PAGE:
St. Francis Patient Is First in Northeast to Receive Experimental Device for Controlling Chronic Heart Failure
ROSLYN, New York, March 7, 2017 - For the past two years, 68-year-old Thomas Amato found himself getting easily fatigued, retaining water, and feeling short of breath. It got so bad that the Port Washington resident could barely breathe or walk and couldn’t go to work. But now, the architectural restorer, who suffers from chronic heart failure, is hoping to breathe a little easier thanks to a minimally invasive device he received at St. Francis Hospital.
The device known as the Barostim neo™ is already being used in Europe to treat hypertension, but is currently being tested in the U.S. through a major nationwide study. St. Francis was the first hospital in the Northeast to implant the small device. Inserted under the skin beneath the collar bone, it’s deigned to improve cardiac and vascular function through a thin lead wire implanted on top of the carotid artery. It is then programmed using wireless technology to stimulate a healthier blood flow to the heart.
“Chronic heart failure continues to be a problem although we have made a number of advances with respect to both medical and device therapies,” says Timothy J. Vittorio, M.S., M.D., the trial’s principal investigator at St. Francis. Dr. Vittorio recommended the Barostim to Mr. Amato as a possible long-term solution to his condition.
“I’m feeling pretty good,” says the willing research study participant, who only had to spend one night in the Hospital and is healing well. He continues to work selling architectural details and looks forward to many more years of cooking, traveling and watching movies in his spare time with his wife of 43 years.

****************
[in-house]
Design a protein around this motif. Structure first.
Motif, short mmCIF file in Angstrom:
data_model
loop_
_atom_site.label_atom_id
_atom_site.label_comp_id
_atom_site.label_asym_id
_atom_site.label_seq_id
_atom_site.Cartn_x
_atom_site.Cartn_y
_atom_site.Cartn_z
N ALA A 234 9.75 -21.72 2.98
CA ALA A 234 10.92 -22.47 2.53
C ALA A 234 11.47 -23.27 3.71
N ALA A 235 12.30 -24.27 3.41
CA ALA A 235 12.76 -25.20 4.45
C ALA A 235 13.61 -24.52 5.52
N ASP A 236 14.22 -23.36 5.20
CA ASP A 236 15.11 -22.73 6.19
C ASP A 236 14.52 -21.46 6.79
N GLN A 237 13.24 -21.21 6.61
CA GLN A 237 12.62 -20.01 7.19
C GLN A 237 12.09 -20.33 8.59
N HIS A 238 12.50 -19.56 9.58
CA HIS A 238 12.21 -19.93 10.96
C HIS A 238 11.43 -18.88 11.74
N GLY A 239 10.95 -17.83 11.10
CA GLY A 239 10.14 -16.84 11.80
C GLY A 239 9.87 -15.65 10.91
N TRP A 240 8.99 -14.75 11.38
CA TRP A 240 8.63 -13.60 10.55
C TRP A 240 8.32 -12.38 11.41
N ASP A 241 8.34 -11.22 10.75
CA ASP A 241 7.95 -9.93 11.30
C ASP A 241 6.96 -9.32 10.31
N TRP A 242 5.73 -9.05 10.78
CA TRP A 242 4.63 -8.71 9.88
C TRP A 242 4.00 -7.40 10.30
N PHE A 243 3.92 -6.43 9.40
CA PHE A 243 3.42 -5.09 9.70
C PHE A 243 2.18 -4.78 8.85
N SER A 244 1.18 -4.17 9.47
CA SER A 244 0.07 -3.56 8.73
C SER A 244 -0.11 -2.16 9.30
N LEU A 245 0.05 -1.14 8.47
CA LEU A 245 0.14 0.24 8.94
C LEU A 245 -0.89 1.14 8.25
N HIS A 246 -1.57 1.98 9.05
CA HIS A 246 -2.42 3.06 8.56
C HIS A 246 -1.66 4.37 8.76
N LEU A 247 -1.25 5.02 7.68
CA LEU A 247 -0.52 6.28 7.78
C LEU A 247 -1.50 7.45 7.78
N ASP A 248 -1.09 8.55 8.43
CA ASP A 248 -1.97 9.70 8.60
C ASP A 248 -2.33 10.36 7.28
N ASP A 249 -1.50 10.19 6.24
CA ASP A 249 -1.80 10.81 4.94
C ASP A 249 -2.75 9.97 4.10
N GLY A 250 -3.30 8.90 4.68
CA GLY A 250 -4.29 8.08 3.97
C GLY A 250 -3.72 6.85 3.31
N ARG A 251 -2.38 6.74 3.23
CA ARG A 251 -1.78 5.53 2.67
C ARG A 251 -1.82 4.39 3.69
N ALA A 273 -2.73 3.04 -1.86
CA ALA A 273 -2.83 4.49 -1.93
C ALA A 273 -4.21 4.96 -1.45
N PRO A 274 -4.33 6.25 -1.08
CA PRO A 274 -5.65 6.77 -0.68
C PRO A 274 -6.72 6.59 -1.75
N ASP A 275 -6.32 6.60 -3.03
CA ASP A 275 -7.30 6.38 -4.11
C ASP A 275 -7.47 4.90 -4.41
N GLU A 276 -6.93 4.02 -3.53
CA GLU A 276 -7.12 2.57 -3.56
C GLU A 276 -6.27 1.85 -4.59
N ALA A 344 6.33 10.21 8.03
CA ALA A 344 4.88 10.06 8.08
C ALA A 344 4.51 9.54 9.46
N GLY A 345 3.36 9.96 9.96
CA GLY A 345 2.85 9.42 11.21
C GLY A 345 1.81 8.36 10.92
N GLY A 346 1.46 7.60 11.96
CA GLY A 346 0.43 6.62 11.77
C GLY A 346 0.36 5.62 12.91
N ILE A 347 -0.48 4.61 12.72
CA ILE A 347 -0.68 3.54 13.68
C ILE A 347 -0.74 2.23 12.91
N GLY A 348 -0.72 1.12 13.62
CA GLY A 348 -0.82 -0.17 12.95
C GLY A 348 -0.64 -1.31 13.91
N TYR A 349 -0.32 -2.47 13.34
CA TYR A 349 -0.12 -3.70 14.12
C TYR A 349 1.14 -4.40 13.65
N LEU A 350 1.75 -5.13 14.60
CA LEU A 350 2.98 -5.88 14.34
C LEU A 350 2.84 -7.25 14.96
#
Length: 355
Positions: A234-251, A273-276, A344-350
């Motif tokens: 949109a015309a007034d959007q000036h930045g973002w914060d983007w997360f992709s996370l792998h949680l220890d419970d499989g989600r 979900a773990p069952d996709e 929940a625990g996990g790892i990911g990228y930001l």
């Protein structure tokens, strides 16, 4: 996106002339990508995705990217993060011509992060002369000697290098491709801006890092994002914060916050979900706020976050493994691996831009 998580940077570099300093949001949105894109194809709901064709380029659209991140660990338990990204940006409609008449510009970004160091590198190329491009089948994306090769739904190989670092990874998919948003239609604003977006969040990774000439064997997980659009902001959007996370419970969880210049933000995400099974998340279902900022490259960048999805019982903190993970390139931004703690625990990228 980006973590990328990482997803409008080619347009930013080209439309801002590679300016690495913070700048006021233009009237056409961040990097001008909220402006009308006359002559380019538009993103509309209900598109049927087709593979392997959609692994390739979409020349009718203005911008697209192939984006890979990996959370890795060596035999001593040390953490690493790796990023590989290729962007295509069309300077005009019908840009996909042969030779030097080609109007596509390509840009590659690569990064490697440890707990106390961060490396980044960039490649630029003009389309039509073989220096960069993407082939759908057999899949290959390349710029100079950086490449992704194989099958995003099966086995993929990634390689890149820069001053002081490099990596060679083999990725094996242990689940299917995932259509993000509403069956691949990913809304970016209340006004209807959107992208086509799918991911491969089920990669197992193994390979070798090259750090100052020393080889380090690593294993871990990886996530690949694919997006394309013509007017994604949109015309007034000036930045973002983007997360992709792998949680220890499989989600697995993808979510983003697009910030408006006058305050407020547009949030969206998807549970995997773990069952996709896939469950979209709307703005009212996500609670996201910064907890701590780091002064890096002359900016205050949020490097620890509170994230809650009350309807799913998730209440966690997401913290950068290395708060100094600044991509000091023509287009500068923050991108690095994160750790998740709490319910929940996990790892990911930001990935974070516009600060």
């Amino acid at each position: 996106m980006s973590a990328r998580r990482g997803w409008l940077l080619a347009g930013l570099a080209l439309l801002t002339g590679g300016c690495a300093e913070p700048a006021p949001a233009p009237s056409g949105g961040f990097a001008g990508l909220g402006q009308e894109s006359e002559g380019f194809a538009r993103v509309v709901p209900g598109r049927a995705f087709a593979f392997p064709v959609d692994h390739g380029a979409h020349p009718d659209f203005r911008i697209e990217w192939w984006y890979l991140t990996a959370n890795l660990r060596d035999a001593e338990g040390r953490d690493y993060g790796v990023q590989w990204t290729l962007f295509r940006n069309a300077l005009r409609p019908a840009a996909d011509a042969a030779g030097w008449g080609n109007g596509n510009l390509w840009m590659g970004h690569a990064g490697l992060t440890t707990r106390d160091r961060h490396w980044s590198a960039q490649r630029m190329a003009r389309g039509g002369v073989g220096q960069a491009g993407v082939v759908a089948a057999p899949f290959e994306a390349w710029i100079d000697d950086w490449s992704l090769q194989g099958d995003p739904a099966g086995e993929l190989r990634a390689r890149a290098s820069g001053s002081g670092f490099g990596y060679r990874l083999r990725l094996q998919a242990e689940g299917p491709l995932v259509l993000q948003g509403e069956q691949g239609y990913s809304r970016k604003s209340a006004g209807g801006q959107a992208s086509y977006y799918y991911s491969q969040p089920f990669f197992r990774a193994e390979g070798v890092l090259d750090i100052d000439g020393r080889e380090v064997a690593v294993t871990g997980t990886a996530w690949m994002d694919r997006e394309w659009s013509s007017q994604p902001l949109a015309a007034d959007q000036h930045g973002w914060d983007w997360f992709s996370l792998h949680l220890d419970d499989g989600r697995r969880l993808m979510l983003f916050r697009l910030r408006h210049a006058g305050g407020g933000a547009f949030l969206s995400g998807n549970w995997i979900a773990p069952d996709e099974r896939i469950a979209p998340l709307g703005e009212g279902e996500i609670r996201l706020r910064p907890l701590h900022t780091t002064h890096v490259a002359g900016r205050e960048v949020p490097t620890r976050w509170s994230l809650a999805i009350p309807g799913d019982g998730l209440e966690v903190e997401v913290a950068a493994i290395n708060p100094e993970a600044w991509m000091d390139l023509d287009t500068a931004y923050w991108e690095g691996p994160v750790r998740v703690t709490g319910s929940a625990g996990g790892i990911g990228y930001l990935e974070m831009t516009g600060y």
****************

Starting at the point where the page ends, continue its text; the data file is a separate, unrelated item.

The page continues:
Subjects enrolled in the study have to come back every couple of weeks for monitoring and to have the frequency levels of their device adjusted depending on their needs. Nearly 500 subjects are expected to take part in the study, which is expected to take five years. But it could end earlier if the results prove as positive as hoped for. In that case, the FDA will discontinue the study and green light the device for widespread clinical use.
There are approximately five million adults in the U.S. living with heart failure. Dr. Vittorio speculates that if the device is successful, nearly one million people could potentially benefit.
Paul Barry, 516-563-7970, firstname.lastname@example.org
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